He added that Williams had the gun with him the day of the chase for self defense - and asked for leniency because he now has daughter:
He wishes to be a father to his infant daughter, now 6 months old, who he has not even been able to spend time with outside of jail.
Ideally, Mr. Williams would like to begin a new life with his family away from Massachusetts and from all of the negative associations related with Dorchester and Boston. This includes living in a neighborhood where violence and drug use are commonplace. He also dislikes the feeling of always being vigilant because someone might harm him for any reason.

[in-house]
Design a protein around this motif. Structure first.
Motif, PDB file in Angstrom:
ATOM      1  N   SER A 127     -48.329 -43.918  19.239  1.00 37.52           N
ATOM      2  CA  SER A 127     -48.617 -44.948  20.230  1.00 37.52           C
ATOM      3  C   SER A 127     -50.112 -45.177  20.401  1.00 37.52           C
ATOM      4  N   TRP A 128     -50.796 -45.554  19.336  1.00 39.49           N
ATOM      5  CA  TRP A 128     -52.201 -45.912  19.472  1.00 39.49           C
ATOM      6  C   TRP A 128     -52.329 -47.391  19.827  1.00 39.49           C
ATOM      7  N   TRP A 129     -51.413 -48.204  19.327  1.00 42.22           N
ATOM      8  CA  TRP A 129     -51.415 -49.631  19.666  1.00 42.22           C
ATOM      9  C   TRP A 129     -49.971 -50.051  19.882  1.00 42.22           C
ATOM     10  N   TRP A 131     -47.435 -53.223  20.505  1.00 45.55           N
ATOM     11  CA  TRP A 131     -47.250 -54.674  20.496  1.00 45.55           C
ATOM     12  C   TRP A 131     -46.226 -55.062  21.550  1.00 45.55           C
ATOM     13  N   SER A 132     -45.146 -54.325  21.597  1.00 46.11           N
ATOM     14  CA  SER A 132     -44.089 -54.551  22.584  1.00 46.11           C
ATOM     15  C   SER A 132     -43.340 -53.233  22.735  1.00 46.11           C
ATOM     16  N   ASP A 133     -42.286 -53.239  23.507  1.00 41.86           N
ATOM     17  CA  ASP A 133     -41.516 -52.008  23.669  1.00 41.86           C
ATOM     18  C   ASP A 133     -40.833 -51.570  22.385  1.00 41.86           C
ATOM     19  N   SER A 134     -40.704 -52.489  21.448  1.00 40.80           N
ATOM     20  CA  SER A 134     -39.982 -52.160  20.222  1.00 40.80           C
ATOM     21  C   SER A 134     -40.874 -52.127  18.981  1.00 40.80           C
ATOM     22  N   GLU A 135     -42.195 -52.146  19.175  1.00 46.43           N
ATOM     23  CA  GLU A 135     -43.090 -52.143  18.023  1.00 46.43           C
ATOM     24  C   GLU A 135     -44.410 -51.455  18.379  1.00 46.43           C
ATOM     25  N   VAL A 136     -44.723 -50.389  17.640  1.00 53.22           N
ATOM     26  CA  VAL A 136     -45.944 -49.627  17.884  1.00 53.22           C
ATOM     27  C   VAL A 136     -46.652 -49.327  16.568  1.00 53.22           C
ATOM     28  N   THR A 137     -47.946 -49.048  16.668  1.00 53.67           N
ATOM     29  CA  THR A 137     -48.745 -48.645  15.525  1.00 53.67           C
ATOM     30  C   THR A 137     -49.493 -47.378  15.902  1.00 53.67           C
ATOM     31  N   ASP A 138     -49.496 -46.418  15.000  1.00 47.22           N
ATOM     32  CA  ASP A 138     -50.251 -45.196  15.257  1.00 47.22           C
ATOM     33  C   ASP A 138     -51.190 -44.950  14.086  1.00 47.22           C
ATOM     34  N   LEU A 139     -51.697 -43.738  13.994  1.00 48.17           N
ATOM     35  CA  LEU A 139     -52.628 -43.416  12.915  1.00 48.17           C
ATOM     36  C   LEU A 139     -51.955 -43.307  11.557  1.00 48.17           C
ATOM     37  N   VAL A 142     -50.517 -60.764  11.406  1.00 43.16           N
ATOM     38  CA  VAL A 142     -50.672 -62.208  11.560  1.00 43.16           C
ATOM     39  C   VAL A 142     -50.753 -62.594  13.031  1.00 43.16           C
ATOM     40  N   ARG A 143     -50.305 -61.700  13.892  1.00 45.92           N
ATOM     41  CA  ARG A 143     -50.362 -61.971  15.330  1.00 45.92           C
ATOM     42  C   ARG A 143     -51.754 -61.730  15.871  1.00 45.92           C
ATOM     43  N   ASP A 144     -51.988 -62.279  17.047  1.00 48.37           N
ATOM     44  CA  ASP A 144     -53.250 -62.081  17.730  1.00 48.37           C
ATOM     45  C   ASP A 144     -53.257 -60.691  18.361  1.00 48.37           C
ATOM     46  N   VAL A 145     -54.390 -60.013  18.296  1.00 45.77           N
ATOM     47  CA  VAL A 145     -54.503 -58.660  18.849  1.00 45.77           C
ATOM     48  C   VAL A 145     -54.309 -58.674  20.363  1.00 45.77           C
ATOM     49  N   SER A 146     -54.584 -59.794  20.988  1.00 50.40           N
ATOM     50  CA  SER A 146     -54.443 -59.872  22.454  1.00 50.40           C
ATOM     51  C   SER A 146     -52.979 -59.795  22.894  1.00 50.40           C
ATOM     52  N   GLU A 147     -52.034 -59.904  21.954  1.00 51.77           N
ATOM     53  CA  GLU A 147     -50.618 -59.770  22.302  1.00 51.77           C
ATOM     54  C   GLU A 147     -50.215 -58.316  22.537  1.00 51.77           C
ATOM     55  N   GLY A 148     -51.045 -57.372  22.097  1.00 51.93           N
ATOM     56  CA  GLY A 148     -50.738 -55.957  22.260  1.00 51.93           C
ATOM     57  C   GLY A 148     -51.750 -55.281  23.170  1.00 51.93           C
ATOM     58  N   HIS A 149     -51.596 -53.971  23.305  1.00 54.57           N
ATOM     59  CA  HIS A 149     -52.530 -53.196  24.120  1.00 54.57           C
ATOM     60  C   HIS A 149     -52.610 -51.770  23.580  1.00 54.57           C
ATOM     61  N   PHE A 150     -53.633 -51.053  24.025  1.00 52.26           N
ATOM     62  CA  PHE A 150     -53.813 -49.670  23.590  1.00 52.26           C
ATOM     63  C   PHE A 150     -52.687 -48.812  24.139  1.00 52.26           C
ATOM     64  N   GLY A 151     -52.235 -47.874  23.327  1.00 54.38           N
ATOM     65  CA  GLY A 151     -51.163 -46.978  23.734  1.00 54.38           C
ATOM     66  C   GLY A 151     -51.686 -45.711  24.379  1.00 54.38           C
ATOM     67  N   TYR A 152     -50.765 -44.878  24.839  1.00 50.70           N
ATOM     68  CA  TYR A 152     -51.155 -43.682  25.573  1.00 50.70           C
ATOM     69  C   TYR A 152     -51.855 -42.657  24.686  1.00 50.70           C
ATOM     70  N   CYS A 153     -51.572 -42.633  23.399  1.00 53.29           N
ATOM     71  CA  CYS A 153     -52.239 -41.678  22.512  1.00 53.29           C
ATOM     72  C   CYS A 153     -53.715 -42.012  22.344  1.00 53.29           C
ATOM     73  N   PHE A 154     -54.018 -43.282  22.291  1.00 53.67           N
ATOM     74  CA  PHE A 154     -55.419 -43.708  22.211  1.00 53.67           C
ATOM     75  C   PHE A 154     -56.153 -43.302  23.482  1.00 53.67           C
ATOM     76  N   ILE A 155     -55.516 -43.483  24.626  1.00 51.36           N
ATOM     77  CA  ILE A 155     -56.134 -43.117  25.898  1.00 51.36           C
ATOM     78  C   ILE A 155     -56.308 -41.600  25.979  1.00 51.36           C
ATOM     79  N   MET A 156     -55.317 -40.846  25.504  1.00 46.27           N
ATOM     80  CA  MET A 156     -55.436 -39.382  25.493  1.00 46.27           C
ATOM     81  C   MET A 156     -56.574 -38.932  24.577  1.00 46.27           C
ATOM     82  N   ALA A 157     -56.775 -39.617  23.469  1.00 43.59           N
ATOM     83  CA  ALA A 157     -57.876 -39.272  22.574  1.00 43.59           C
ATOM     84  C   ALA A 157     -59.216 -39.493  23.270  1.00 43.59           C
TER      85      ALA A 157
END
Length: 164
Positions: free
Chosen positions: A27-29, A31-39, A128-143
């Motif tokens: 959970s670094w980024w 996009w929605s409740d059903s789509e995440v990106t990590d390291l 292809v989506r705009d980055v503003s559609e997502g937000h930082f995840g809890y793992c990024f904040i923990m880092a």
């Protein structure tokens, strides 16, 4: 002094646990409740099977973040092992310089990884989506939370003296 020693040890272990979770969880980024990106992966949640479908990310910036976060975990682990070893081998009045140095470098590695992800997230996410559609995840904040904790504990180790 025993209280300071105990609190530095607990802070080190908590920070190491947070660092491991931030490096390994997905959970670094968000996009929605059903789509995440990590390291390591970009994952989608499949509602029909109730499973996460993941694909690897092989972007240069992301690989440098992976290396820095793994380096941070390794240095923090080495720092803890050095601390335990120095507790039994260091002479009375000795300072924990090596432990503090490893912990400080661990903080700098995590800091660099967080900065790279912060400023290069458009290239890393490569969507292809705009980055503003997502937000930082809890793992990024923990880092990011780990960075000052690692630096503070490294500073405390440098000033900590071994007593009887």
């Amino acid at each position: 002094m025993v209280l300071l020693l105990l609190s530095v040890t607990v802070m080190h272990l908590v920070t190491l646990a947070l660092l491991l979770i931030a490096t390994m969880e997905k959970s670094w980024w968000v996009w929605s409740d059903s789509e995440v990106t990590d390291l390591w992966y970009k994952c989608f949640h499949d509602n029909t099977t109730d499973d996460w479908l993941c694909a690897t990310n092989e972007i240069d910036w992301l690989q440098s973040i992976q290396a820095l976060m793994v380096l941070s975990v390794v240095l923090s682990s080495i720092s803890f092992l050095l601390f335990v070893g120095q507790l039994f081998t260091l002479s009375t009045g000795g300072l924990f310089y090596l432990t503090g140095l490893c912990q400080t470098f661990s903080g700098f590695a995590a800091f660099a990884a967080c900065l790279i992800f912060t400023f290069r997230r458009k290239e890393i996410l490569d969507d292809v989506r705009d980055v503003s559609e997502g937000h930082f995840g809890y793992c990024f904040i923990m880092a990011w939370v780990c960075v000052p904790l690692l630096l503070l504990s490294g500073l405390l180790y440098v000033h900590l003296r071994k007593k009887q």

Thus, the desire to carry a gun for self-protection. He is also wary around the local police, who are now familiar with him, and could at any moment decide they want to roust him for walking or driving in a particular area. His dream is to leave all of this behind. When Mr. Williams was 18, he traveled to North Carolina for a short time to get away from the problems he had experienced in Boston. He connected with an Aunt who has connections to people who do legitimate work in the music and entertainment industry. He would very much like to use her as a resource so he might eventually get a job in that field. He does not wish to spend the rest of his life revolving in and out of prison or dead from using drugs.
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It’s good to see a judge recognizing …
… the serious danger of driving recklessly along with gun possession.